A screening programme to identify menopausal women who may go on to suffer fractures by measuring their bone mineral density has been dismissed by a Swedish research team.

They have discovered that bone mineral density tests cannot determine who will suffer a fracture due to osteoporosis. Bone density is a constant variable, they found, and studies among women who suffered hip fractures concluded that they had better levels of bone density than others who never had a fracture.

Researchers from the Swedish Council on Technology Assessment in Health Care, based in Stockholm, say that other screening programmes need to be developed if doctors can pinpoint exactly who may suffer a fracture.

Osteoporosis low bone density which can lead to easy fractures occurs in up to 30 per cent of women aged over 50. The most common fractures are hip fractures, and were suffered by 300,000 women in the US in 1991 alone. In Europe, the Scandinavian countries have the highest prevalence of fractures associated with osteoporosis, and the incidence is increasing beyond the levels expected for an aging population.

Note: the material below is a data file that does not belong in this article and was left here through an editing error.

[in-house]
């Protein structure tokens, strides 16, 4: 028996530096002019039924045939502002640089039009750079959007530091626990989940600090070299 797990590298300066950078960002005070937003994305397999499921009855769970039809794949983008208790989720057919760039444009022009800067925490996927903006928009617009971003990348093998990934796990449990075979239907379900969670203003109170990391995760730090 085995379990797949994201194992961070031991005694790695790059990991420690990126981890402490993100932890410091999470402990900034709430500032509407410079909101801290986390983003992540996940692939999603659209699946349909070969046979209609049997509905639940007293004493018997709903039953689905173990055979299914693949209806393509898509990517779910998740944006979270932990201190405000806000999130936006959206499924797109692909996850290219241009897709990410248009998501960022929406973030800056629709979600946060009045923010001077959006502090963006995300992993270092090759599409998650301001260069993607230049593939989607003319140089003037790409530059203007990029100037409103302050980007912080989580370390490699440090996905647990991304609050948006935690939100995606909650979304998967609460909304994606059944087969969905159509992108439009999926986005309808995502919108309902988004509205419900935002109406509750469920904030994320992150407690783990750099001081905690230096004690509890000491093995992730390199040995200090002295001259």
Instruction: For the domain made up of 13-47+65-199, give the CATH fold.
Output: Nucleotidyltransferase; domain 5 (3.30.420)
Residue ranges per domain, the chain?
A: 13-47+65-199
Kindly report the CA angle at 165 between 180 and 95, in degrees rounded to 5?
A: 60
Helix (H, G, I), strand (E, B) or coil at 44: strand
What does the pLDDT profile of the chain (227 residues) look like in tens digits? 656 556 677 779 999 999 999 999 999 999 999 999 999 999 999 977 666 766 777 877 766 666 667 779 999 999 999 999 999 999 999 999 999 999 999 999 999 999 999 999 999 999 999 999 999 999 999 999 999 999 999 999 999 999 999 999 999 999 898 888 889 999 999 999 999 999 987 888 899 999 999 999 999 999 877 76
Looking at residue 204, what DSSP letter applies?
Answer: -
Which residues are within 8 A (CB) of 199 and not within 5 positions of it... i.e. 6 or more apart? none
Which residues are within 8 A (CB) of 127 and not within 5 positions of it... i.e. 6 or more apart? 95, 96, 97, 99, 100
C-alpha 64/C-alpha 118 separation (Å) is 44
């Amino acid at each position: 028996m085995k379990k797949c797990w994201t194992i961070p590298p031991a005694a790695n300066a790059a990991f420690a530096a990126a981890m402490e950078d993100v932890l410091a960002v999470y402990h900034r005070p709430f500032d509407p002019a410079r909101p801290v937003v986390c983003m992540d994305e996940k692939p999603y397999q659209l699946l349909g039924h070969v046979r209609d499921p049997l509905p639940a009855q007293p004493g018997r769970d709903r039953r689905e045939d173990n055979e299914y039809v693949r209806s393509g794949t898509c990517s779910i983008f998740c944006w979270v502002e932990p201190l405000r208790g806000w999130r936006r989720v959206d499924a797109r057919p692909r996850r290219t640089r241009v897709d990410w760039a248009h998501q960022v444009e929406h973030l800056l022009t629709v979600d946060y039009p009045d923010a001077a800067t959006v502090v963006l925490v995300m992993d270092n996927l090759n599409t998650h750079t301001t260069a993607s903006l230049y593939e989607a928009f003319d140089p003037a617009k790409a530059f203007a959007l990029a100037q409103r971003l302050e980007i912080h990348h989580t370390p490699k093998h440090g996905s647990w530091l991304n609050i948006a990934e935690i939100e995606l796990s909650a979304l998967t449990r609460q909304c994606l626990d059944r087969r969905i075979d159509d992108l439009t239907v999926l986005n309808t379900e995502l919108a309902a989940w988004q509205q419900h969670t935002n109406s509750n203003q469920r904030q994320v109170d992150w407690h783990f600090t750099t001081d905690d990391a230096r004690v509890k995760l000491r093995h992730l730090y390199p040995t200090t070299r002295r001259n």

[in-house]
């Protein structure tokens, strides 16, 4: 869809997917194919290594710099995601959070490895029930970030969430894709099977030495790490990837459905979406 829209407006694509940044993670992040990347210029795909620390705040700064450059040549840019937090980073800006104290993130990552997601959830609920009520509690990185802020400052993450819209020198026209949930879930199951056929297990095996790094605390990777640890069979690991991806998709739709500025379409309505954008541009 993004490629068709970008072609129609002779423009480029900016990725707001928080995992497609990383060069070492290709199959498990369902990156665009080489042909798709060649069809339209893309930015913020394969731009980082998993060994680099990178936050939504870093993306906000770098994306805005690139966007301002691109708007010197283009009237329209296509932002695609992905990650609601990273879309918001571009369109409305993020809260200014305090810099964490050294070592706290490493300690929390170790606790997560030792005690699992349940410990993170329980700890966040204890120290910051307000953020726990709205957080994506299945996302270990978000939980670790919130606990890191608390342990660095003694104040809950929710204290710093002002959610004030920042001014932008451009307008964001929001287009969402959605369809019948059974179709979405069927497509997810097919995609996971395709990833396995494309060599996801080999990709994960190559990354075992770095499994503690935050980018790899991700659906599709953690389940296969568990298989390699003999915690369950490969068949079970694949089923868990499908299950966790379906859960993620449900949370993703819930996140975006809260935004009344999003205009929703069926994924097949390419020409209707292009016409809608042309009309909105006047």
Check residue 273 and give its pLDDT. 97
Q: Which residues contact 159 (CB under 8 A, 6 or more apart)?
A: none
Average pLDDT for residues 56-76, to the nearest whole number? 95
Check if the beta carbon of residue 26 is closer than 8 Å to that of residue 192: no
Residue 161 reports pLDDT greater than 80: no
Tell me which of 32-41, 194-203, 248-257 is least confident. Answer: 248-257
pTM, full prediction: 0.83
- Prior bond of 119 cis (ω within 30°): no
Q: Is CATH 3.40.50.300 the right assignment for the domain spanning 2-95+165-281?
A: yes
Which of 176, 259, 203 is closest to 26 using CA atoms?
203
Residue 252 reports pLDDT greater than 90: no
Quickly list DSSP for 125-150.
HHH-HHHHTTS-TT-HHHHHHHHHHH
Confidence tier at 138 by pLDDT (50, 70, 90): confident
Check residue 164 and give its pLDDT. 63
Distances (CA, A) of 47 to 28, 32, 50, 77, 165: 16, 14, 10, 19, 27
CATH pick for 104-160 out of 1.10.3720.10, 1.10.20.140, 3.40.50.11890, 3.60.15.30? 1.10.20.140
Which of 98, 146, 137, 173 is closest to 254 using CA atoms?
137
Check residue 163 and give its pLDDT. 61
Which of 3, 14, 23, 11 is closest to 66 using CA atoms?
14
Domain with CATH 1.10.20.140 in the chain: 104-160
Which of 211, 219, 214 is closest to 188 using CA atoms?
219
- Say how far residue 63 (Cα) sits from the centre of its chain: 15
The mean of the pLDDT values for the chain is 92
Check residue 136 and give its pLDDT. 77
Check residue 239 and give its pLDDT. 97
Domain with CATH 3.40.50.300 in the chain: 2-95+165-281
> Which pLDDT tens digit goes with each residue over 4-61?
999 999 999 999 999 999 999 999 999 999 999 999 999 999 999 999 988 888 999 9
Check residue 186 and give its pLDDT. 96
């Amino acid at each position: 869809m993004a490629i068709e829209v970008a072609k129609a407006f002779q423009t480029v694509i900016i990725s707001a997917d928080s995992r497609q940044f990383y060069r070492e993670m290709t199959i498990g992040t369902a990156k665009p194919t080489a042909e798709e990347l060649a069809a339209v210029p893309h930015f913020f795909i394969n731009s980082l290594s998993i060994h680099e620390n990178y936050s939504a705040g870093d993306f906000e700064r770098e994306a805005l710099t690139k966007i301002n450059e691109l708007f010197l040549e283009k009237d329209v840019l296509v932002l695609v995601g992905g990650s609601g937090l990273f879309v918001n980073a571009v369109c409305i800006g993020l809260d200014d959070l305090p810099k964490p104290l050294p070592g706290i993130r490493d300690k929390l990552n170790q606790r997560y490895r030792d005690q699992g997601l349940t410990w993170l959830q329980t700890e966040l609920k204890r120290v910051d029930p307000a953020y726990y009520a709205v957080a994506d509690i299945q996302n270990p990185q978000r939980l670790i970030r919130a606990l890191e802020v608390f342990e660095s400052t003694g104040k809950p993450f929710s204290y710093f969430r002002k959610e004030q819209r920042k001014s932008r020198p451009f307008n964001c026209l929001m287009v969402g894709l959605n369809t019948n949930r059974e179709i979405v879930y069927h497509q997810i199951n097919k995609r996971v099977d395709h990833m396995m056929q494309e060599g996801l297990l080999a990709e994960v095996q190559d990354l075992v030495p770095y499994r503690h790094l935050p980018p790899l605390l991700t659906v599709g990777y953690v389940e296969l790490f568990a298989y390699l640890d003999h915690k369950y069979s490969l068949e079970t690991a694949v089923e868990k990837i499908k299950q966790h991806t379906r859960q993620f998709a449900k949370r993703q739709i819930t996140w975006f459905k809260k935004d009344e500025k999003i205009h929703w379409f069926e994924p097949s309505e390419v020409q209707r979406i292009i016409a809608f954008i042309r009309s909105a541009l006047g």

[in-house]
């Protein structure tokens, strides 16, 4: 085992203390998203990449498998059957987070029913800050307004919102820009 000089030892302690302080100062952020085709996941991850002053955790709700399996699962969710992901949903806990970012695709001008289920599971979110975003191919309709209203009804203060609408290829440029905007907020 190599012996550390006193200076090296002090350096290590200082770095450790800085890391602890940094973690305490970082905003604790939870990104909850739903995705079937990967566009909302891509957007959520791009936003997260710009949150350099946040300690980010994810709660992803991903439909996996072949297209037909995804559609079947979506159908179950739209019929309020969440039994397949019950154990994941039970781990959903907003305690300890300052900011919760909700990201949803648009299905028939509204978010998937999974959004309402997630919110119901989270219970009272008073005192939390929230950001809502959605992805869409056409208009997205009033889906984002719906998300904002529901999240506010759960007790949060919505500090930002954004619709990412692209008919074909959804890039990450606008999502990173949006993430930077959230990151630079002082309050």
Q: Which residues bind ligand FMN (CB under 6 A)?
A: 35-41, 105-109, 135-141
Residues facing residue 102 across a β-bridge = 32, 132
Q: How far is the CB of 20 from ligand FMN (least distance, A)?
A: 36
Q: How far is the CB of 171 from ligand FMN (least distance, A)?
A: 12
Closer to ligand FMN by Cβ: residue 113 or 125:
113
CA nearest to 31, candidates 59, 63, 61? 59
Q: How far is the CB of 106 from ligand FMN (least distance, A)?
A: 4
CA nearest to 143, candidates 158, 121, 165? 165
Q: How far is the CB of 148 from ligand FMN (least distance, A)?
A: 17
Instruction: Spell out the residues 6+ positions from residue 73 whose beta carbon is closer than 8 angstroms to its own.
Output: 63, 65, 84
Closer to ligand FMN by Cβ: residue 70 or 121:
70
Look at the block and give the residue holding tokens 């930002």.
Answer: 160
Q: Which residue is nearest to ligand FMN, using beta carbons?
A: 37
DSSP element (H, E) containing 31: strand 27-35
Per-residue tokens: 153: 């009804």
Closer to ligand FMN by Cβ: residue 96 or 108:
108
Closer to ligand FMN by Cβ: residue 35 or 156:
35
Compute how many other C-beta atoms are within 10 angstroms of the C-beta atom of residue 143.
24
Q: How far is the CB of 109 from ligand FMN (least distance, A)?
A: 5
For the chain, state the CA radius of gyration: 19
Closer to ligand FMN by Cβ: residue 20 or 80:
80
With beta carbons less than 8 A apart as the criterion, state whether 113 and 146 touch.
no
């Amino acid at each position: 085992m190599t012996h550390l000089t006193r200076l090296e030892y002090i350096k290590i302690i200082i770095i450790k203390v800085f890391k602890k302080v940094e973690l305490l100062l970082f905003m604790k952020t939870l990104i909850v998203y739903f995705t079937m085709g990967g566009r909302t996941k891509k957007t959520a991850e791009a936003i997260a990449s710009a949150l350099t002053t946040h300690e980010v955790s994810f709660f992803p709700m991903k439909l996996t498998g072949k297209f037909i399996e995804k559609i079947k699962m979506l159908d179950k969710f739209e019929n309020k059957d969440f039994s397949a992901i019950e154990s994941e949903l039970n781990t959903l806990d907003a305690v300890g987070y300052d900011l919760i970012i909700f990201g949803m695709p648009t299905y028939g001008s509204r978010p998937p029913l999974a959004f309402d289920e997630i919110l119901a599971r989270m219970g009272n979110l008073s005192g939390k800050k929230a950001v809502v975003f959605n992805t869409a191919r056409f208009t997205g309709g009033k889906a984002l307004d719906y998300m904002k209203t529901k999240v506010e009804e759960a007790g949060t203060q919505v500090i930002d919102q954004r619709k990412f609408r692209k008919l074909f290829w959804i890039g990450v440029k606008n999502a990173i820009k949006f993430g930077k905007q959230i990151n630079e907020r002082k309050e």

See WDDTY vol 6, no 12 for our osteoporosis special report.

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Written by What Doctors Don't Tell You

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